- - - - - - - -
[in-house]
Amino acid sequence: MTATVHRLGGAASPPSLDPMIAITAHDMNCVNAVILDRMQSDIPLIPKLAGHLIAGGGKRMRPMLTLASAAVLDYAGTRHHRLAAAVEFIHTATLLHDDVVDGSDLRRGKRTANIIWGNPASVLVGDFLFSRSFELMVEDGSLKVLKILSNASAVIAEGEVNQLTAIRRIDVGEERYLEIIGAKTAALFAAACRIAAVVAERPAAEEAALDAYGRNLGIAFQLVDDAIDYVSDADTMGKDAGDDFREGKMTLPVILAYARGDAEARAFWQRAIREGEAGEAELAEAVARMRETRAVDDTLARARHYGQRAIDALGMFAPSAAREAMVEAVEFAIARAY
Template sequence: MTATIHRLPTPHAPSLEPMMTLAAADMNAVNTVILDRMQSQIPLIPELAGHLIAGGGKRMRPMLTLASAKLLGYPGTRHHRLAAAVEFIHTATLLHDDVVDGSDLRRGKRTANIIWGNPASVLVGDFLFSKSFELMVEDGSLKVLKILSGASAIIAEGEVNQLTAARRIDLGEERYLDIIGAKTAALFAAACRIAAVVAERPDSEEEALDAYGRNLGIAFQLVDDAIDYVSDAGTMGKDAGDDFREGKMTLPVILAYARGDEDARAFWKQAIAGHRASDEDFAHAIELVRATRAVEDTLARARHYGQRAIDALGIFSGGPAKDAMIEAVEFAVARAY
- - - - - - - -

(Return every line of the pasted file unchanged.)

[in-house]
Amino acid sequence: MTATVHRLGGAASPPSLDPMIAITAHDMNCVNAVILDRMQSDIPLIPKLAGHLIAGGGKRMRPMLTLASAAVLDYAGTRHHRLAAAVEFIHTATLLHDDVVDGSDLRRGKRTANIIWGNPASVLVGDFLFSRSFELMVEDGSLKVLKILSNASAVIAEGEVNQLTAIRRIDVGEERYLEIIGAKTAALFAAACRIAAVVAERPAAEEAALDAYGRNLGIAFQLVDDAIDYVSDADTMGKDAGDDFREGKMTLPVILAYARGDAEARAFWQRAIREGEAGEAELAEAVARMRETRAVDDTLARARHYGQRAIDALGMFAPSAAREAMVEAVEFAIARAY
Template sequence: MTATIHRLPTPHAPSLEPMMTLAAADMNAVNTVILDRMQSQIPLIPELAGHLIAGGGKRMRPMLTLASAKLLGYPGTRHHRLAAAVEFIHTATLLHDDVVDGSDLRRGKRTANIIWGNPASVLVGDFLFSKSFELMVEDGSLKVLKILSGASAIIAEGEVNQLTAARRIDLGEERYLDIIGAKTAALFAAACRIAAVVAERPDSEEEALDAYGRNLGIAFQLVDDAIDYVSDAGTMGKDAGDDFREGKMTLPVILAYARGDEDARAFWKQAIAGHRASDEDFAHAIELVRATRAVEDTLARARHYGQRAIDALGIFSGGPAKDAMIEAVEFAVARAY